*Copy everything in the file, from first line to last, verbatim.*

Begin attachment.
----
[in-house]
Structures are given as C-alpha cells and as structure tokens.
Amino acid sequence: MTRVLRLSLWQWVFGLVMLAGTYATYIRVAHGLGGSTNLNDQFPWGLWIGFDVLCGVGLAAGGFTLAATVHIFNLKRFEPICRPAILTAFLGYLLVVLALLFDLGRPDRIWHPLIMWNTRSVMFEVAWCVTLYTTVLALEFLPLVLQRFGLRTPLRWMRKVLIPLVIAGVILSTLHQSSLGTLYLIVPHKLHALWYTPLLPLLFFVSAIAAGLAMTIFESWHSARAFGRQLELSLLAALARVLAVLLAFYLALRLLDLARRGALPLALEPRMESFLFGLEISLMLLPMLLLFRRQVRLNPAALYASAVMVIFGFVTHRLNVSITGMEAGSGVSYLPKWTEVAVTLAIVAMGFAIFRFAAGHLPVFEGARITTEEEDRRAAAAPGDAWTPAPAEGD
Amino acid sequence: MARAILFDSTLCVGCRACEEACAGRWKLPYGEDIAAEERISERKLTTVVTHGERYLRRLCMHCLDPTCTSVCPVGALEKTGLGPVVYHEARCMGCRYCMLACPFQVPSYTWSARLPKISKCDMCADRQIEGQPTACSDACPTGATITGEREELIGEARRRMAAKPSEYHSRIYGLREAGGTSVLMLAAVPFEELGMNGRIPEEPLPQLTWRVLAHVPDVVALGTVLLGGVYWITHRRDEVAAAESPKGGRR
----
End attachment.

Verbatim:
[in-house]
Structures are given as C-alpha cells and as structure tokens.
Amino acid sequence: MTRVLRLSLWQWVFGLVMLAGTYATYIRVAHGLGGSTNLNDQFPWGLWIGFDVLCGVGLAAGGFTLAATVHIFNLKRFEPICRPAILTAFLGYLLVVLALLFDLGRPDRIWHPLIMWNTRSVMFEVAWCVTLYTTVLALEFLPLVLQRFGLRTPLRWMRKVLIPLVIAGVILSTLHQSSLGTLYLIVPHKLHALWYTPLLPLLFFVSAIAAGLAMTIFESWHSARAFGRQLELSLLAALARVLAVLLAFYLALRLLDLARRGALPLALEPRMESFLFGLEISLMLLPMLLLFRRQVRLNPAALYASAVMVIFGFVTHRLNVSITGMEAGSGVSYLPKWTEVAVTLAIVAMGFAIFRFAAGHLPVFEGARITTEEEDRRAAAAPGDAWTPAPAEGD
Amino acid sequence: MARAILFDSTLCVGCRACEEACAGRWKLPYGEDIAAEERISERKLTTVVTHGERYLRRLCMHCLDPTCTSVCPVGALEKTGLGPVVYHEARCMGCRYCMLACPFQVPSYTWSARLPKISKCDMCADRQIEGQPTACSDACPTGATITGEREELIGEARRRMAAKPSEYHSRIYGLREAGGTSVLMLAAVPFEELGMNGRIPEEPLPQLTWRVLAHVPDVVALGTVLLGGVYWITHRRDEVAAAESPKGGRR